Book cover

From my graphic design class at Parsons. The assignment was to create a book cover for an “American Anthology of Poetry” using some kind of natural element. I immediately thought of an oak tree, but I didn’t really know what layout or design I would use. When I looked up books of American poetry, many of them brought in a red, white and blue color palatte, so I decided to go with that, too. I didn’t want to try to trace the outline of a real oak tree, so I made one out of overlapping circles and an adjusted rectangle. The other students seemed to like it. (Yes, references to my hair were made.)

BookCover – pdf

Book cover

ARCH DL V hosted by LVHRD

Last month I attended ARCH DL V, hosted by LVHRD, in Brooklyn. The event pitted two architecture teams against each other to create a moon-based, landing site/jail at Coney Island, using only the materials available in 5 boxes of Monopoly games.

I left before the end because it was a Tuesday and it was in Brooklyn (where I don’t live).

Then, right after that I came across this mixtape on FlavorPill on the 10 Best Architecture songs.

This weekend I will be attending another LVHRD event, WRK/PLY. Check it out and get your ticket.

Little Red Riding Hood, with design twist

I’ve been posting this on all my accounts today. As was said on Flowing Data, this video is totally worth 3 minutes of your life. What a fun take on a classic fairytale. Apparently, it was based on this Röyksopp video, which you can catch on YouTube.

I really like the way all of the parts of the story are presented so matter-of-factly, especially Grandma’s calorie count of 10,000 kcal. Actually, after watching this video I was reminded of one key fact/mishap of the story. Even after Grandma and Little Red Riding Hood are saved, Grandma’s still sick. What about that part of the story? I’m sure it doesn’t end well. Well, at least I found the next song I’m gonna get on iTunes.

Motion Theory, “Student-Athletes Go Pro”

Motion Theory’s ads show effectively communicate the fact that student NCAA athletes are still students and will pursue non-athletic professions after graduation. – via Doug Fox’s twitter feed. (Plug!) (Sorry there was no cute embed option, but I could figure that out later.)

I’m really impressed by the computer graphics, and the skinning of the students as they step in and out of bounds in the second video, and in the first, I’m impressed by the way the students bodies were isolated into still and active parts.

Be A Kid Again

I’m in charge of implementing a WordPress blog as a CMS at work, so I’ve been looking into various WordPress themes and site designs. Today, I came across Not only do they have great themes, I also find their example of “An ordered list” wonderful, and I’m glad that I do in fact own (and wear) red gym shoes.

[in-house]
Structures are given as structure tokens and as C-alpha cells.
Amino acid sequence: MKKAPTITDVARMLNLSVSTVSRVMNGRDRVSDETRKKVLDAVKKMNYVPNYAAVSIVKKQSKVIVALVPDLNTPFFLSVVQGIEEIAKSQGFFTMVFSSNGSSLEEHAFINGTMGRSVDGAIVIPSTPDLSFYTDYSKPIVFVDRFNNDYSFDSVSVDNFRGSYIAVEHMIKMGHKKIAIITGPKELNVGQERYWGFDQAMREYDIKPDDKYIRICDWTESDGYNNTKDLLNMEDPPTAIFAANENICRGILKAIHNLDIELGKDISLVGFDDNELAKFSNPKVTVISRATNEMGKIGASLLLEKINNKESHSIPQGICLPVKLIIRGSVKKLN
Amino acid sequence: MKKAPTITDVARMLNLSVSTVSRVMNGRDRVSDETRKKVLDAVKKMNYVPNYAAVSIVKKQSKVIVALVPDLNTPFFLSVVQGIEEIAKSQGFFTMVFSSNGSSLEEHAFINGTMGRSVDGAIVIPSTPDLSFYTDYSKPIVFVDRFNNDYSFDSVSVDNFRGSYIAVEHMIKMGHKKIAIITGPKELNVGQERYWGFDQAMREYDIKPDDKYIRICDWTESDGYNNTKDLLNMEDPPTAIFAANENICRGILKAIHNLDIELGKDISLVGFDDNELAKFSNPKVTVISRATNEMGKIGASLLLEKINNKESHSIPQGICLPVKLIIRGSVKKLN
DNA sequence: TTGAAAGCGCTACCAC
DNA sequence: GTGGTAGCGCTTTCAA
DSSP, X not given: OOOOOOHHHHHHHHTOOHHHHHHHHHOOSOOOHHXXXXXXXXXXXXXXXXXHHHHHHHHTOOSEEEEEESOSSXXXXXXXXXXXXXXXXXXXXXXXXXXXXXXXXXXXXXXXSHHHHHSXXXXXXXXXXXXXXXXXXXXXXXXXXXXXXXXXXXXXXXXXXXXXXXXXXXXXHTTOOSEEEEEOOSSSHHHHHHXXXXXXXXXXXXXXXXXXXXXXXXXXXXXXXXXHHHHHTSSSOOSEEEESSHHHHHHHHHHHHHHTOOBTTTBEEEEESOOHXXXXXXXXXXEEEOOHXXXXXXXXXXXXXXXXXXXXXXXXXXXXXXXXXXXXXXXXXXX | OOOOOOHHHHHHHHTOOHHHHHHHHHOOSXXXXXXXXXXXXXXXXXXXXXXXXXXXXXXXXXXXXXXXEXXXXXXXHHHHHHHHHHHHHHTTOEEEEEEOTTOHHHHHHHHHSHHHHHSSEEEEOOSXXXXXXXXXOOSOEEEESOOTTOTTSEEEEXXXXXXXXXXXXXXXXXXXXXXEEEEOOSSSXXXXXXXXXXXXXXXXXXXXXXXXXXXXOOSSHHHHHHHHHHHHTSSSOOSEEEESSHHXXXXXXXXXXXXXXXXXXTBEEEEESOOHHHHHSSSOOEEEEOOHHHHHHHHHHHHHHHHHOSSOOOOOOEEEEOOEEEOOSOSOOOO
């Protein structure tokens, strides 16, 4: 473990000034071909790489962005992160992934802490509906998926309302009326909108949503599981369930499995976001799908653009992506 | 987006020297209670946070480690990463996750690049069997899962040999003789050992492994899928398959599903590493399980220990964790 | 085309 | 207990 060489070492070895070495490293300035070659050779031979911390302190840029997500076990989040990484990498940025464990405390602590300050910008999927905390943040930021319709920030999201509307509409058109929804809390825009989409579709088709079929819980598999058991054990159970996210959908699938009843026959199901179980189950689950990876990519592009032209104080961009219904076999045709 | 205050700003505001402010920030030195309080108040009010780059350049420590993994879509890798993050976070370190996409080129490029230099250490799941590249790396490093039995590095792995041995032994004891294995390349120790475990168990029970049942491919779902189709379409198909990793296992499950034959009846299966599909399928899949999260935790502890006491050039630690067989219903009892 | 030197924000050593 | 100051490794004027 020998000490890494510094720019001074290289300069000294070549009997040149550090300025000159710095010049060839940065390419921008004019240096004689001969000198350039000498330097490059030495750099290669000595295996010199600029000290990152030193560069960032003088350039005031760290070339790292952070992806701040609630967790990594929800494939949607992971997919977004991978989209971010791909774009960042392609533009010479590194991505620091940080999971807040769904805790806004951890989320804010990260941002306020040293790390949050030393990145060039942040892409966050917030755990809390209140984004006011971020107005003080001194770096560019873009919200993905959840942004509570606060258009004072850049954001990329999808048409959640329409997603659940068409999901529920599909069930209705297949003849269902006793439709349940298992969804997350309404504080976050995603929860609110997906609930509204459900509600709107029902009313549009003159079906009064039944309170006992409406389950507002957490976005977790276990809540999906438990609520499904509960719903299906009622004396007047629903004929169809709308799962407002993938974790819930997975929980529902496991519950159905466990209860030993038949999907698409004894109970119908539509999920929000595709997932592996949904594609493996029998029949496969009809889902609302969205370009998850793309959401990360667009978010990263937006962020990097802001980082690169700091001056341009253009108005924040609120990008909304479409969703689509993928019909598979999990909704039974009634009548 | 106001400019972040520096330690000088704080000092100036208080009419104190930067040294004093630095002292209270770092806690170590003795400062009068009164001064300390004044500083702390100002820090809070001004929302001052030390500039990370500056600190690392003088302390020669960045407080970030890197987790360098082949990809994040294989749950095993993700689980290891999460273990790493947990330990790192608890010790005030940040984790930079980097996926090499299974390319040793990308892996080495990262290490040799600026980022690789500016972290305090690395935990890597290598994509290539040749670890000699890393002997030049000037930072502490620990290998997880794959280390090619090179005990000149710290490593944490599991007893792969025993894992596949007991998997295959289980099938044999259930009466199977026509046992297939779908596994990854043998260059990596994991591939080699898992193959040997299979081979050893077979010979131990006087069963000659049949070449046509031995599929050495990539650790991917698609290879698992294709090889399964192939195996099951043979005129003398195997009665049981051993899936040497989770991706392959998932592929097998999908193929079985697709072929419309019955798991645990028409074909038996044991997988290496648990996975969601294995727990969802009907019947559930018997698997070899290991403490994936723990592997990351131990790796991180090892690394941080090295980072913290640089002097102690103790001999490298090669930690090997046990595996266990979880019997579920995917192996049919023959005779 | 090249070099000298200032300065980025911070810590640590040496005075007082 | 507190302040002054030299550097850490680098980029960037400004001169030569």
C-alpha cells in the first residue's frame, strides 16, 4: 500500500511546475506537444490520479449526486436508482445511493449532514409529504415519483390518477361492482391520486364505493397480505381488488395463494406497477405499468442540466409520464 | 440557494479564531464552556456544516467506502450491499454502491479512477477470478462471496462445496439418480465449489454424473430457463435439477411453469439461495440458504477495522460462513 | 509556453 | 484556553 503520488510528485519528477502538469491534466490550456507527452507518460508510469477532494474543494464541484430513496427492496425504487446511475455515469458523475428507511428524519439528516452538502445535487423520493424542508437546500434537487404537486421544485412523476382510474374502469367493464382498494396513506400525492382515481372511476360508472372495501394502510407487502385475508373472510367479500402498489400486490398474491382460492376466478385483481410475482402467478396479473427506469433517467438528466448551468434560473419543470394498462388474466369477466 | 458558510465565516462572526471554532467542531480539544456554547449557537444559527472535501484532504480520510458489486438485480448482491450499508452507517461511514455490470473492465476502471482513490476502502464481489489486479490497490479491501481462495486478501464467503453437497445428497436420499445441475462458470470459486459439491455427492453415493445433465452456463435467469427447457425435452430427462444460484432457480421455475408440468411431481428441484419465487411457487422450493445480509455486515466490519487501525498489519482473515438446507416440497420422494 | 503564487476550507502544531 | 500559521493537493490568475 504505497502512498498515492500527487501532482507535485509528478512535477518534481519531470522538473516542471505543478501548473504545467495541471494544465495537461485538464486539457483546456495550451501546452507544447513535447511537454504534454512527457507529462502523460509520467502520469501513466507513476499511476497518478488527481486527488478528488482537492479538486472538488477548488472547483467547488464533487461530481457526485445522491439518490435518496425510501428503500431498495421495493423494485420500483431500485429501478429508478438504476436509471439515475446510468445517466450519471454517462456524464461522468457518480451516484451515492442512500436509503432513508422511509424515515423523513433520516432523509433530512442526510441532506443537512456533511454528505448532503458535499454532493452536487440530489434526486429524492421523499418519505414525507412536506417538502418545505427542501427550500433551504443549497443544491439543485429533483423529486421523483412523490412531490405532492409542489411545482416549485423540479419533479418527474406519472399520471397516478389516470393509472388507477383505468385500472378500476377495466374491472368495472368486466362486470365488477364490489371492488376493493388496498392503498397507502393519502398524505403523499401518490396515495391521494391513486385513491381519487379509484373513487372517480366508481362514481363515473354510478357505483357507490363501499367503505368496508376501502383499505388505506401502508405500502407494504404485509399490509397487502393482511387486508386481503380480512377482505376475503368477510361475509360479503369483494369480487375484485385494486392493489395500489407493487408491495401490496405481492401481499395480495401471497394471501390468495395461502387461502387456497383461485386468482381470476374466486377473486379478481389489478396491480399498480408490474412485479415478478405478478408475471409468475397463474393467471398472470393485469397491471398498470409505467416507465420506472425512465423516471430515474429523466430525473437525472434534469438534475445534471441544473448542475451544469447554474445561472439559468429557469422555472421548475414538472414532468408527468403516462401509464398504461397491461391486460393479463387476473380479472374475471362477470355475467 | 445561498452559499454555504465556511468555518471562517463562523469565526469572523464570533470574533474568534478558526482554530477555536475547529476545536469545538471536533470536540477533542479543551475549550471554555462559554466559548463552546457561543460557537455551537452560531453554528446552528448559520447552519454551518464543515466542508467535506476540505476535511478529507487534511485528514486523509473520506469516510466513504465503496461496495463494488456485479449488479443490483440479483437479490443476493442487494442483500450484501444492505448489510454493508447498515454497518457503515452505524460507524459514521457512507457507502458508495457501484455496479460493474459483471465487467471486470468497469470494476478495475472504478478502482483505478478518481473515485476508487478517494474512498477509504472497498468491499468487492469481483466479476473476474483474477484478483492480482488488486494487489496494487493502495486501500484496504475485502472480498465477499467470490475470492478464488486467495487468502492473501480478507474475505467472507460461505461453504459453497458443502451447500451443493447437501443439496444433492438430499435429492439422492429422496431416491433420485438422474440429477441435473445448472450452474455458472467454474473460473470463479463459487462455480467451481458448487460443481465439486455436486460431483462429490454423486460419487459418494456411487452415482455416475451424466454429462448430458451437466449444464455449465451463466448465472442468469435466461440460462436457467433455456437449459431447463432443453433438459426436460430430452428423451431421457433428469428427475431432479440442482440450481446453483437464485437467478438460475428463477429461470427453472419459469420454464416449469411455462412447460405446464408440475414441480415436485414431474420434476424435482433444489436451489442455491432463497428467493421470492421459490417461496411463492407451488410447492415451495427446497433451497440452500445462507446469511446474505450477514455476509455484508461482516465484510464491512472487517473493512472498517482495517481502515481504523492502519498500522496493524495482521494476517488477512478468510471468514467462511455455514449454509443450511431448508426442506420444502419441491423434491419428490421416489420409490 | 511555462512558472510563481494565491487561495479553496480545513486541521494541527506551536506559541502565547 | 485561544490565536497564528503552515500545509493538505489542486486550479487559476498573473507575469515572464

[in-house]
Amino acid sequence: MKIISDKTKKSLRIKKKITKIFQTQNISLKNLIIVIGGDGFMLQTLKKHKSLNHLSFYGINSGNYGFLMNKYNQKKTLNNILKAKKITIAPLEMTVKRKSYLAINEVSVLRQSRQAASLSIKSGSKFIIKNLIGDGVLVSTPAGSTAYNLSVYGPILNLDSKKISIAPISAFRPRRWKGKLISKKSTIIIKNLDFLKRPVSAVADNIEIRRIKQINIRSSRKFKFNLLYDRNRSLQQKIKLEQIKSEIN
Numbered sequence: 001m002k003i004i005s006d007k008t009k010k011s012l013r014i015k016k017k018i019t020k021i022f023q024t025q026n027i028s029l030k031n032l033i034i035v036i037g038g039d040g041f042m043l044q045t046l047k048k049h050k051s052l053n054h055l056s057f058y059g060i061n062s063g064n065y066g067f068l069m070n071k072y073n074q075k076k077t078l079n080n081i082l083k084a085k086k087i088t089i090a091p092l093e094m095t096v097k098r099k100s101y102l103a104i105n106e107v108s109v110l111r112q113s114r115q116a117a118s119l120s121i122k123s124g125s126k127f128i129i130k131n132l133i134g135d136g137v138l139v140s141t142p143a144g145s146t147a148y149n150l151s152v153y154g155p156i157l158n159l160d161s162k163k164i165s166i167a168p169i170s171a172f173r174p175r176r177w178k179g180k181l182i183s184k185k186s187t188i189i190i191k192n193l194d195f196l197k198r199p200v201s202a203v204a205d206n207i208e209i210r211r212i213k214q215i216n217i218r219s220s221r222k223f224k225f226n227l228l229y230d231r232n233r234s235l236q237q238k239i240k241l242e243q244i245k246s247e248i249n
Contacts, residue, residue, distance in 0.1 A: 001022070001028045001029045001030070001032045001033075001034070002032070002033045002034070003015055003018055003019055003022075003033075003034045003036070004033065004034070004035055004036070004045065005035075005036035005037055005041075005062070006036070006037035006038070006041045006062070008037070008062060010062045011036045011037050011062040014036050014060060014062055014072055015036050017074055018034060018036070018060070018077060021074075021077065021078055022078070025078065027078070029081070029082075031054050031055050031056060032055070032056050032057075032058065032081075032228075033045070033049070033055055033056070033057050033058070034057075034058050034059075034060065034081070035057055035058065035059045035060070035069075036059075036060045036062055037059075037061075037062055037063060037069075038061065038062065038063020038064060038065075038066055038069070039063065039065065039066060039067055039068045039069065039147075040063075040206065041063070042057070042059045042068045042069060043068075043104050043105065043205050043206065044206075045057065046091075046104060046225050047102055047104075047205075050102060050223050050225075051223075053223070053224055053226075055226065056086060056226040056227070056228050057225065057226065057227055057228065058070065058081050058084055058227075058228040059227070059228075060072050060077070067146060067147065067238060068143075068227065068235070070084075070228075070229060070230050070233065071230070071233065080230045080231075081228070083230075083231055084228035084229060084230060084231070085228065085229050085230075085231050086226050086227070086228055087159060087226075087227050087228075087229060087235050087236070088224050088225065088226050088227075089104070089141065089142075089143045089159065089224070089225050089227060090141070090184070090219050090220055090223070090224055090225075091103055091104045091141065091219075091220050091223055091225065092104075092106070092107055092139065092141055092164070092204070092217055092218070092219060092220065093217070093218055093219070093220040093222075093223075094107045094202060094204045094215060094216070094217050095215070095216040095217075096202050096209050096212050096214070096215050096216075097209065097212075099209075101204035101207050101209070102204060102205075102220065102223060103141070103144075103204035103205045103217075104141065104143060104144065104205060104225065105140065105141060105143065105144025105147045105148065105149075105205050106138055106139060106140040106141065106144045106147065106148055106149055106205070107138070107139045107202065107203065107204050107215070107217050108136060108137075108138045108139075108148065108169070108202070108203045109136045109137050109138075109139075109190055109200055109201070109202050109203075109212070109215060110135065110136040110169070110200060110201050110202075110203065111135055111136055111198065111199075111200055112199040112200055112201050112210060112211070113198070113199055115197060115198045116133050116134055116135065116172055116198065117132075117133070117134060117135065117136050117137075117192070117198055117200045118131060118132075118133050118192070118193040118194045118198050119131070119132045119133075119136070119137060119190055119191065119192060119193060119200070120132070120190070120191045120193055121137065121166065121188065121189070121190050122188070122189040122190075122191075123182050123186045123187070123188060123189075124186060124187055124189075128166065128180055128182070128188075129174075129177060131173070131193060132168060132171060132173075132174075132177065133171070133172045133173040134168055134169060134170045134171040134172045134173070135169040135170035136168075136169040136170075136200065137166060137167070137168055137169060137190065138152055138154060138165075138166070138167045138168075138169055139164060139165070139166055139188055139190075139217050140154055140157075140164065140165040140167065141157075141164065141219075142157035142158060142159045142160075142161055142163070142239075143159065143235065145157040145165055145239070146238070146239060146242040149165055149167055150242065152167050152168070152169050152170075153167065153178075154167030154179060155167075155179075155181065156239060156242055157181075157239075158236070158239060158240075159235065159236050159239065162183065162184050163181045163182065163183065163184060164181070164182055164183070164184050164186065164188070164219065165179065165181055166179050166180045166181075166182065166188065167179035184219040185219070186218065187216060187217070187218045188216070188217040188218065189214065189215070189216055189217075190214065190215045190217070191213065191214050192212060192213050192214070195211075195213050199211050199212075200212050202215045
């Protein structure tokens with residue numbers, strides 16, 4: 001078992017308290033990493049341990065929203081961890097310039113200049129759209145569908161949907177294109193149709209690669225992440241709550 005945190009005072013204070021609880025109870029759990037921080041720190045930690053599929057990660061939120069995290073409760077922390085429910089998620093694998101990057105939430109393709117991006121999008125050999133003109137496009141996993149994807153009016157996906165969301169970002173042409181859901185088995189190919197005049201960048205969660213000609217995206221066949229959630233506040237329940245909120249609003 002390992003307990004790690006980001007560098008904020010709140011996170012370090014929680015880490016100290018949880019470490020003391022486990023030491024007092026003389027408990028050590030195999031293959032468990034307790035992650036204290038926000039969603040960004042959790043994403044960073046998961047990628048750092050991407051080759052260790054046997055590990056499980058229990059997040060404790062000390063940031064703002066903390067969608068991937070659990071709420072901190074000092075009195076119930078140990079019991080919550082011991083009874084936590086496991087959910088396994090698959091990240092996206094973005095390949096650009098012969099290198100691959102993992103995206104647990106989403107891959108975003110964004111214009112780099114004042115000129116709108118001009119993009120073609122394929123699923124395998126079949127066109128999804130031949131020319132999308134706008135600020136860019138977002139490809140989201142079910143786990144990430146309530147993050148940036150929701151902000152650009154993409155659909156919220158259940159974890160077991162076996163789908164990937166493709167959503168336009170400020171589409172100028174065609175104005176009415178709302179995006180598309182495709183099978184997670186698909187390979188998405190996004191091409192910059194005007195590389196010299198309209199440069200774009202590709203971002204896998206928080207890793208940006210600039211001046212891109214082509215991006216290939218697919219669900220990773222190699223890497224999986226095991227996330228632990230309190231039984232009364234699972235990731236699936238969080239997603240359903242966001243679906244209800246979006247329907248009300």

Be A Kid Again

    Do a cartwheel. (I have been known to do this randomly in ballet class.)
    Sing into your hairbrush.
    Walk barefoot in wet grass.
    Play a song you like really loud, over and over.
    Dot all your “i”’s with smiley faces.
    Read the funnies. Throw the rest of the paper away.
    Dunk your cookies. (Still do this with my Maria cookies.)
    Play a game where you make up the rules as you go along.
    Step carefully over sidewalk cracks.
    Change into some play clothes.
    Try to get someone to trade you a better sandwich.
    Eat ice cream for breakfast.
    Kiss a frog, just in case.
    Blow the wrapper off a straw.
    Have someone read you a story.
    Find some pretty stones and save them.
    Wear your favorite shirt with your favorite pants even if they don’t match.
    Take a running jump over a big puddle. (Yeah, I sometimes do this, too, but it’s usually over snow.)
    Get someone to buy you something you really don’t need.
    Hide your vegetables under your napkin.
    Stay up past your bedtime. (I do this about every night!)
    Eat dessert first.
    Fuss a little, then take a nap.
    Wear red gym shoes. (I’ve got red Pumas!)
    Put way too much sugar on your cereal.
    Make cool screeching noises every time you turn a corner.
    Giggle a lot for no reason.
    Give yourself a gold star for everything you do today.

What makes a (dance) community?

Now that I’ve moved to New York City, I find myself again dipping my toes into dance classes and yoga. No ballet just yet, but I’m already on a dance email list for my samba class. I’ve also attended a dance-animation program in Brooklyn, and am simply keeping up to date on dance-related activities. (One cannot have too much dance, right?)

At one time, I had no trouble at all saying that I was an active member of the dance community. Now, I’m not so sure. I wonder what makes one part of a community? Is it becoming a core producer, such as a dance artist, or is it simply one who affects the community in some way? I think the internet has helped more people become involved in the dance community who would not otherwise have been members, but I wonder if there are still degrees of community membership. Since I find myself thinking about the growing use of the internet within the context of dance, I’m thinking that this will be a vein of inquiry for me in the near future. (At least I hope so.)

Perhaps I should start by interviewing “well known” dance bloggers about their adoption of the internet publishing?